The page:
The 3 most common business growth errors that must be corrected early

Feb 1, 2011

Yesterday we looked at how correcting fundamental strategic errors early in the year helps you avoid the law of compounded business growth loss and turn in a dramatically better annual performance.How can I say with certainty that I know you’ve made an expensive strategic business growth mistake this early in the year? Two reasons:

1. An old parlor trick: You likely wouldn’t have read this far in the post if you didn’t having a sneaking suspicion that yes, you’ve made at least one potentially expensive early blunder in your business growth strategy; and

2. When I get calls from CEO’s and senior business execs – usually around April / May – who want help with mid-course correction in their business growth strategy, I hear the same thing over and over again: “I actually knew this wasn’t working right way back in January. I wish I’d followed my instincts and done something about it then.

Here are the three areas where I see founder/owners, CEO’s and senior business execs most frequently stumble out of the gate in executing their business growth strategy – and fail to correct it soon enough:

A bad hire

Otherwise entirely rational execs routinely recoil from acting early on expensive new hires gone wrong. It’s by far the most common early strategic error that is recognized by senior managers, but not acted on until way too late. By the time most bad hires are purged, a lot of cultural and performance damage has typically been inflicted on the organization – including a weakening of the leader’s credibility in the eyes of her team, who knew way ahead of her that a mistake had been made.

Why do leaders do this? Because the hire is expensive, the opportunity cost of failure is high, there’s a lot of sunk cost in the relationship-building that led up to the hire, the leader’s own judgment is at stake, there’s another person involved, the steps needed to unravel the hire are icky, and the thought of having to go through the whole process again is daunting to say the least.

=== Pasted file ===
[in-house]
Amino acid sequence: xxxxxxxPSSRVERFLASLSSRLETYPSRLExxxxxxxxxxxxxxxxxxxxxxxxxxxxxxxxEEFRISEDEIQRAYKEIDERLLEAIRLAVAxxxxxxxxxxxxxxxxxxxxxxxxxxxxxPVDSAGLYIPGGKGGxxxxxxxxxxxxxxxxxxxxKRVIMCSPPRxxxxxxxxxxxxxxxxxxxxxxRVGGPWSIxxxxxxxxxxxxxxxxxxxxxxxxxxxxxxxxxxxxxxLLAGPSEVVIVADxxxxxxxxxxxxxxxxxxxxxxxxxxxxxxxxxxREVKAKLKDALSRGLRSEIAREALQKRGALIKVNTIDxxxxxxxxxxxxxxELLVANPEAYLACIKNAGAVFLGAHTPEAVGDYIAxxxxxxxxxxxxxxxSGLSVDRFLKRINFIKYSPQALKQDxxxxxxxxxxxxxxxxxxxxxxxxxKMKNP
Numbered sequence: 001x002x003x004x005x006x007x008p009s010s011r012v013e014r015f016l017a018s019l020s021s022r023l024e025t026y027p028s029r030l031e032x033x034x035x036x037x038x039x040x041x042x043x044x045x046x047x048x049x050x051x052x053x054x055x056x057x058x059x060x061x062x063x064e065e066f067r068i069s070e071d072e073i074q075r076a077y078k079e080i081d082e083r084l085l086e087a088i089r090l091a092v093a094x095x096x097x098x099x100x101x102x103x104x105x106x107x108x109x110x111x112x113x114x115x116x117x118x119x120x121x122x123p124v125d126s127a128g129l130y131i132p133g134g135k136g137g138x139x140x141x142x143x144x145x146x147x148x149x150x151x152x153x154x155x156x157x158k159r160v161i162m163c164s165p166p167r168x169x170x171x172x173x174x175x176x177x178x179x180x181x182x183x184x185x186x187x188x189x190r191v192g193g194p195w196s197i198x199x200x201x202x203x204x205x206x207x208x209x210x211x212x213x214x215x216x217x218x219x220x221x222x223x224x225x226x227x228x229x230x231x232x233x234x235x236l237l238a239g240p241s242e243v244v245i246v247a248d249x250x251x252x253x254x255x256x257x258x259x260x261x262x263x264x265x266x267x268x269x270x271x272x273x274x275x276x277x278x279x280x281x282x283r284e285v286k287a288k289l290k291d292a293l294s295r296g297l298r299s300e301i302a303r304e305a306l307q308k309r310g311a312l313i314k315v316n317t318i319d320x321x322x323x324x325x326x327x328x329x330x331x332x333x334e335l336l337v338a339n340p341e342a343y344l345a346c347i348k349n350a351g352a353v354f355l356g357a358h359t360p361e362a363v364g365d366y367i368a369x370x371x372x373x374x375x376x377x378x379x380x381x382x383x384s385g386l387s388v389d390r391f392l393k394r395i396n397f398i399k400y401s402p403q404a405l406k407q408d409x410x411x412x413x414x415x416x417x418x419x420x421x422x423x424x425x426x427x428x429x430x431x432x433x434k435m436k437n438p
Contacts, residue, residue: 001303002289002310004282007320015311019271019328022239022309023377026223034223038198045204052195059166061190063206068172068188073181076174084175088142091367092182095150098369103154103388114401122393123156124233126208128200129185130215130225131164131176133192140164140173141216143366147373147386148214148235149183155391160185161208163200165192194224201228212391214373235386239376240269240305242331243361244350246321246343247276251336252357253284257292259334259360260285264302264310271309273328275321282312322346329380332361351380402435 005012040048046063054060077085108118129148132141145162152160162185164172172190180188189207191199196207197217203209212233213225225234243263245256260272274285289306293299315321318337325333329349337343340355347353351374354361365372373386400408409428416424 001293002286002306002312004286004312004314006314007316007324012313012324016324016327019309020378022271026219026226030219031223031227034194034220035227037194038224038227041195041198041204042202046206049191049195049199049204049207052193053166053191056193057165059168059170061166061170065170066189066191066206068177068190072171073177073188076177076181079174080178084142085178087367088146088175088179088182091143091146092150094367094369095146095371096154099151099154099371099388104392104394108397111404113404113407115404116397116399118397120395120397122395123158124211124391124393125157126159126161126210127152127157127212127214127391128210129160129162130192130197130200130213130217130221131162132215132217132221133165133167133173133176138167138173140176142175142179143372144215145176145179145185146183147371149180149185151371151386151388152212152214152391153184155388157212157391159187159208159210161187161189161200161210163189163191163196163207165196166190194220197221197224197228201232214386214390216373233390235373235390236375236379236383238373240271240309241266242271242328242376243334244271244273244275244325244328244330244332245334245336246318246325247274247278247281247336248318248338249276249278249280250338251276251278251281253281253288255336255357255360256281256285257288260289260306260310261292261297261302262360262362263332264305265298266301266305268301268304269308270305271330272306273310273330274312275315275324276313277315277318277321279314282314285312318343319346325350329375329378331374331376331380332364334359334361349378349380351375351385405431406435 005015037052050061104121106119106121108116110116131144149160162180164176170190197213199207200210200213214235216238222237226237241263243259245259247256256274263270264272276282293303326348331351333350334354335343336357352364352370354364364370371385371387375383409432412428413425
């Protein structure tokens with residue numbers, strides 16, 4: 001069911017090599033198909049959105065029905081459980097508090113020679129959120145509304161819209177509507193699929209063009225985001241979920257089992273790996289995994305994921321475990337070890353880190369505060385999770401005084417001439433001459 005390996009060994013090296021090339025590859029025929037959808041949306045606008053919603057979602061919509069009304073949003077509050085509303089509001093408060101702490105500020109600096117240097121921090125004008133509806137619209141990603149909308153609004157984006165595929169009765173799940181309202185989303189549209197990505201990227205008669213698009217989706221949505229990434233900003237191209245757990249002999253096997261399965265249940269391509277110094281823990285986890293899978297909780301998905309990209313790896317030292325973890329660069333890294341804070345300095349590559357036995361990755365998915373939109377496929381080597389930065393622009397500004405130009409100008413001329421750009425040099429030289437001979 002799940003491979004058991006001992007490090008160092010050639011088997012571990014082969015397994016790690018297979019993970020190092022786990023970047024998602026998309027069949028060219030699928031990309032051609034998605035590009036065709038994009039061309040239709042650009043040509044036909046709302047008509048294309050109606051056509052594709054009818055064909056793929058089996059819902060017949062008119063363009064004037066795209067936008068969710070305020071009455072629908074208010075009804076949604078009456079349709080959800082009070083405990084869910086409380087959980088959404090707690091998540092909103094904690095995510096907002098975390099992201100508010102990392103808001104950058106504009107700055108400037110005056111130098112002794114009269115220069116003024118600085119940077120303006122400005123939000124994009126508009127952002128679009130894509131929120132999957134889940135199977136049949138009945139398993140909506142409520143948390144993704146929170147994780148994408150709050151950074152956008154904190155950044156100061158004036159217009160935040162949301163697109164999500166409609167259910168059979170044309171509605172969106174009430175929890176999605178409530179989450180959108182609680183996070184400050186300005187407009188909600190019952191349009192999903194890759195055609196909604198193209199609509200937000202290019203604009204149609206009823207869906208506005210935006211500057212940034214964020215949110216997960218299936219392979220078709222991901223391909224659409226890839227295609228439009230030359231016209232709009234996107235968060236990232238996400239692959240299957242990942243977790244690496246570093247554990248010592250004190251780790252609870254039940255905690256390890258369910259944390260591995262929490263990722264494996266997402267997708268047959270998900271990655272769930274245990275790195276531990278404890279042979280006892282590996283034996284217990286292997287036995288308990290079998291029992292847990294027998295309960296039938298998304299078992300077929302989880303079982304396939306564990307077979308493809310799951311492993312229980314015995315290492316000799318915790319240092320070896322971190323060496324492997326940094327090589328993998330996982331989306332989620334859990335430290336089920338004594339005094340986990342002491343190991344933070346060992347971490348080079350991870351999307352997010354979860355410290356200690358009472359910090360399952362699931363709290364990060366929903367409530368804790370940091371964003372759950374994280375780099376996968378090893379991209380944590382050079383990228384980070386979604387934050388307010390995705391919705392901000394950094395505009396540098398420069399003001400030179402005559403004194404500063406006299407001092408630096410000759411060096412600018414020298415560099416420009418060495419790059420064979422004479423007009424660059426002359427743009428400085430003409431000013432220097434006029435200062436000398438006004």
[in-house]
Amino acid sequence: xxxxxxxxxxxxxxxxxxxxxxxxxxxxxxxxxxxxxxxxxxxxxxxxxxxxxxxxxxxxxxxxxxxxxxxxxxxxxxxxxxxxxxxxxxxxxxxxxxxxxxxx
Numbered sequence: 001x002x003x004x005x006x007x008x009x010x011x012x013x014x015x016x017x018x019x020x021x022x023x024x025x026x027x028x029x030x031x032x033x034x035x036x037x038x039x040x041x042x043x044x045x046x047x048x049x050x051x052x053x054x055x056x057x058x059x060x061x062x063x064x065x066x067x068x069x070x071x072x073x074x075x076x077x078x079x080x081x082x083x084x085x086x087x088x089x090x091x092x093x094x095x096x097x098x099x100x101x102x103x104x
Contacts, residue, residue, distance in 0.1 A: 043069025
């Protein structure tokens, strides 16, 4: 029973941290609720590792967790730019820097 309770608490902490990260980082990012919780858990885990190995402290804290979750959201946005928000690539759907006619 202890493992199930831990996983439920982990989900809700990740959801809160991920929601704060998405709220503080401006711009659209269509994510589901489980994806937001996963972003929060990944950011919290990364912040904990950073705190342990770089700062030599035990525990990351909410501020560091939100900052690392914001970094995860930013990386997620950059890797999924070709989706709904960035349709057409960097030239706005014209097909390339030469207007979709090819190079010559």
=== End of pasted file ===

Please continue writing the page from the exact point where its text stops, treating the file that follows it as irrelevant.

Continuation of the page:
Nonetheless, if you want to hit your goals this year, and you know you’ve made a strategic hiring error, now is the time to deal with it, not mid-year.

A failed product launch

This failure pattern is a bit like watching someone give CPR to a corpse (a gruesome metaphor, I know – but accurate). All the bystanders know that the subject is dead, but the boss insists on either trying repeatedly to resuscitate it, or whistling nonchalantly while stepping round the corpse, hoping to give the impression that it will soon rise up and walk despite all available evidence to the contrary.

A squirelly alignment or association

Toward the end of last year you talked yourself into doing a joint venture with someone, or you found a new supplier, or you hired a new PR agency, or you outsourced your call center – whatever. And now, just weeks into the new year, you know it was a ghastly strategic mistake.

Same deal – act now and you cut your losses, or act later and get hammered by the law of compounding business growth loss.

In the next in this series I’ll help you decide whether you really have made a strategic error that need fixed immediately, or whether you’re just harboring natural doubts that don’t require dramatic action just yet.